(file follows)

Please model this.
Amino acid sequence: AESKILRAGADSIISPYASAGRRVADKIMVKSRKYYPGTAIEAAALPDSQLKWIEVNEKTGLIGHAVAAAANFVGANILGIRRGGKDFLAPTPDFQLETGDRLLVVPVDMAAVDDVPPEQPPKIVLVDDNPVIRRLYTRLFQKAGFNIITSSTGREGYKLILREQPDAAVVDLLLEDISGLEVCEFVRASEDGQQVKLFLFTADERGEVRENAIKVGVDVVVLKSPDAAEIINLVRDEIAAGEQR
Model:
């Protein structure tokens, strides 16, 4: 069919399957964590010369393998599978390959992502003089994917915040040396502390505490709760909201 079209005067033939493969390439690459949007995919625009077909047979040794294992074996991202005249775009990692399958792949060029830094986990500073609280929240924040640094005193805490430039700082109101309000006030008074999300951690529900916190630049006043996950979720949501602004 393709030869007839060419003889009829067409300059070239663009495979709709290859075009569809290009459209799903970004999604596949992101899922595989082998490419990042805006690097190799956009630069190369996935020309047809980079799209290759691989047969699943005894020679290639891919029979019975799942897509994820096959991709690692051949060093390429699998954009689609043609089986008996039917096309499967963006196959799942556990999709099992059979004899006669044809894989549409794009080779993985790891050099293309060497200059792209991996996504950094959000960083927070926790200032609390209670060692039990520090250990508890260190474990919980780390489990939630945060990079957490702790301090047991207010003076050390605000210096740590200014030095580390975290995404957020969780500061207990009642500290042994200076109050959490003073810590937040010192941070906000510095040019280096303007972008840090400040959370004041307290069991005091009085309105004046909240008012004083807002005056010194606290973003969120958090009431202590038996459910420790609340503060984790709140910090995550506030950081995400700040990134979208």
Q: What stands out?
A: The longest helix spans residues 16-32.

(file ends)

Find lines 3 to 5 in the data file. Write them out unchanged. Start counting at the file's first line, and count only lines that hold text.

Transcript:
Model:
């Protein structure tokens, strides 16, 4: 069919399957964590010369393998599978390959992502003089994917915040040396502390505490709760909201 079209005067033939493969390439690459949007995919625009077909047979040794294992074996991202005249775009990692399958792949060029830094986990500073609280929240924040640094005193805490430039700082109101309000006030008074999300951690529900916190630049006043996950979720949501602004 393709030869007839060419003889009829067409300059070239663009495979709709290859075009569809290009459209799903970004999604596949992101899922595989082998490419990042805006690097190799956009630069190369996935020309047809980079799209290759691989047969699943005894020679290639891919029979019975799942897509994820096959991709690692051949060093390429699998954009689609043609089986008996039917096309499967963006196959799942556990999709099992059979004899006669044809894989549409794009080779993985790891050099293309060497200059792209991996996504950094959000960083927070926790200032609390209670060692039990520090250990508890260190474990919980780390489990939630945060990079957490702790301090047991207010003076050390605000210096740590200014030095580390975290995404957020969780500061207990009642500290042994200076109050959490003073810590937040010192941070906000510095040019280096303007972008840090400040959370004041307290069991005091009085309105004046909240008012004083807002005056010194606290973003969120958090009431202590038996459910420790609340503060984790709140910090995550506030950081995400700040990134979208």
Q: What stands out?